Julianne Hough has done what few have ever managed to do: excelled, simultaneously, in two professions.

We've watched her win back-to-back championships on Dancing with the Stars, taking both Apolo Anton Ohno and Helio Castroneves to the top -- this despite being the youngest professional on the show. (This year she tried her best with the appalling Adam Carolla, but nobody said she could work miracles!)

On May 20th of this year, she debuted her first album as a country singer -- and immediately hit number one on the country chart (and number three on the overall Billboard list).

What? Ballroom dancing and country singing? On what planet are those two related?

Plus she's pretty. And nice. Don't you just hate that?

Here's the thing -- she deserves it. This isn't just a celebrity stunt -- "Look, Marge, that purty dancer girl has an album here in WalMart, let's buy it!" -- it's a real honest-to-goodness country album.

Maybe not one of the great ones, but close. I compare it to Lacy J. Dalton's unforgettable Survivor album, and while Hough's voice doesn't sound like someone who's seen it all, she still sings some hard-hitting tunes convincingly.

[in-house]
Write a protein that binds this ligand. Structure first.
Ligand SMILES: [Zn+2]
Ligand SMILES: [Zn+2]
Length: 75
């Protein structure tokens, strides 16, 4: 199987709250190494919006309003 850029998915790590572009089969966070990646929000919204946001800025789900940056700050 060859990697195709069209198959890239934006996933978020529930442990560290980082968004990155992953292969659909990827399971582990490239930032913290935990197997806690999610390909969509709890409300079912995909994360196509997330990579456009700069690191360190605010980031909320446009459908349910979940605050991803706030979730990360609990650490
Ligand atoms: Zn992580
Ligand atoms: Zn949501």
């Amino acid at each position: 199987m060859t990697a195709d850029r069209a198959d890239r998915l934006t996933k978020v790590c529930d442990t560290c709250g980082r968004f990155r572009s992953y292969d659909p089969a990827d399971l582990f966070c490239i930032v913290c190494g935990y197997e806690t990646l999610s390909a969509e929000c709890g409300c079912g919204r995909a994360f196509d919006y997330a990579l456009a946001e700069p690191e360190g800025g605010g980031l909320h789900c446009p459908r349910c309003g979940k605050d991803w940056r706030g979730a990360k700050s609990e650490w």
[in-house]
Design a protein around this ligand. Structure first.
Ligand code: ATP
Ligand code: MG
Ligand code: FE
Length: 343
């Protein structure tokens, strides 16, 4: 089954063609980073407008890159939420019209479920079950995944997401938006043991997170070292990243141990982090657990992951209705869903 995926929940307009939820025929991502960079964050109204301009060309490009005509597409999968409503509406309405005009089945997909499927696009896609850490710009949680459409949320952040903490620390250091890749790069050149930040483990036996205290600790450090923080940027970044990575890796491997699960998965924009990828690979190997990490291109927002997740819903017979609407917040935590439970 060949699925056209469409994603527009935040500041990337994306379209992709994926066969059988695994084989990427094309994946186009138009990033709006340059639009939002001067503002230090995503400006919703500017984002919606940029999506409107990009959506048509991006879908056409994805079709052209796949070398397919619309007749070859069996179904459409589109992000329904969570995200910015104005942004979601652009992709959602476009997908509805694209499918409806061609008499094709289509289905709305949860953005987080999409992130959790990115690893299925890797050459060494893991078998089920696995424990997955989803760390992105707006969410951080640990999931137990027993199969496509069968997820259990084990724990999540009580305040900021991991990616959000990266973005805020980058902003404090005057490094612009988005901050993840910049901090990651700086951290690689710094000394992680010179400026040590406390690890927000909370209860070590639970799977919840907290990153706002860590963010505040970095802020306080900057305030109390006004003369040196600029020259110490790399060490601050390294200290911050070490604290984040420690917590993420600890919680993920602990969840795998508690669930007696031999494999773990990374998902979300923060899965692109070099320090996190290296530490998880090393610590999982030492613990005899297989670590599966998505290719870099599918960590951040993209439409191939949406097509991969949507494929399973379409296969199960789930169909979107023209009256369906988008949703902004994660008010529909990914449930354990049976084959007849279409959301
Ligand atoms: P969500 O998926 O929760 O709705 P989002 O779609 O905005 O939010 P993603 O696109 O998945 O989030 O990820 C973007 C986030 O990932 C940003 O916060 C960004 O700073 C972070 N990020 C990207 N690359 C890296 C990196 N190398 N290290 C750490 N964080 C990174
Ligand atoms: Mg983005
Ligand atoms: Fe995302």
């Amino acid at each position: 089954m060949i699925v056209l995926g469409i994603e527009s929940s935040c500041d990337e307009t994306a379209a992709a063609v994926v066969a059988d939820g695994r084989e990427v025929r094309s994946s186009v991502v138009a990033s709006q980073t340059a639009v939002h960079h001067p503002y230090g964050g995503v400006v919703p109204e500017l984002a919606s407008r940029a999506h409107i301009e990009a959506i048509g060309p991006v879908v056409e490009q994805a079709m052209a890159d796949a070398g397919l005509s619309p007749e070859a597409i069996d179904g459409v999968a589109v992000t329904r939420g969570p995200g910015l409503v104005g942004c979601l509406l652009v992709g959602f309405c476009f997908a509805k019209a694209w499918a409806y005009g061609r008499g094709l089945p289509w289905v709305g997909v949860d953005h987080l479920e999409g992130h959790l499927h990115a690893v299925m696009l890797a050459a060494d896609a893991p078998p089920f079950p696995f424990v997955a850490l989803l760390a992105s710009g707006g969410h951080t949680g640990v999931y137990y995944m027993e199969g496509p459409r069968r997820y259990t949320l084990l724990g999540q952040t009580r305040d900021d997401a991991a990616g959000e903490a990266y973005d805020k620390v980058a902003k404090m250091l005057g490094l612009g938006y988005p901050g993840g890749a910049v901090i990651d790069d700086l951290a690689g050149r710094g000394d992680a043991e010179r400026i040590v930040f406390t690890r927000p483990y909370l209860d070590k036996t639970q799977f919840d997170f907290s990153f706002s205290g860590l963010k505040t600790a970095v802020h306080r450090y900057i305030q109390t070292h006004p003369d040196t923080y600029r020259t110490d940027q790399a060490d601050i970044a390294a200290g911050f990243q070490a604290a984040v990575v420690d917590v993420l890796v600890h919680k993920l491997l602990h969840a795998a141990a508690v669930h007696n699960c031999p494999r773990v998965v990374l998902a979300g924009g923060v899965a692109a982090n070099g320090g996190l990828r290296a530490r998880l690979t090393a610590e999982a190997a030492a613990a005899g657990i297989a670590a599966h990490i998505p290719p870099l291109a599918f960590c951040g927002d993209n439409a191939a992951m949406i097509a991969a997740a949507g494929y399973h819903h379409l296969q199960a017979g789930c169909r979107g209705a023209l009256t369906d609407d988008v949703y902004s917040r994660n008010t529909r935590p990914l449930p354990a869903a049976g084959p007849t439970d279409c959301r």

She has an agenda. Despite her youth, she's been down the road, made some mistakes, and the songs here reflect that. She didn't write any of them, but she chose them well to get her message across: "Don't make these dumb mistakes!"

Still, it's not a negative album. It's full of hope. And as a singer, she's got the chops.

Usually when a person who has succeeded in one area crosses over and records an album, it's a stinker. One thinks of Bruce Willis and Eddie Murphy -- and shudders. Or the weird experience of hearing Leonard Nimoy sing "Proud Mary." (Let's just say that Tina Turner and Creedence Clearwater did not feel threatened).

But Julianne Hough's album is the real thing. The songwriters are very glad she introduced their tune on her album -- she does them proud.

And the kid can dance, too.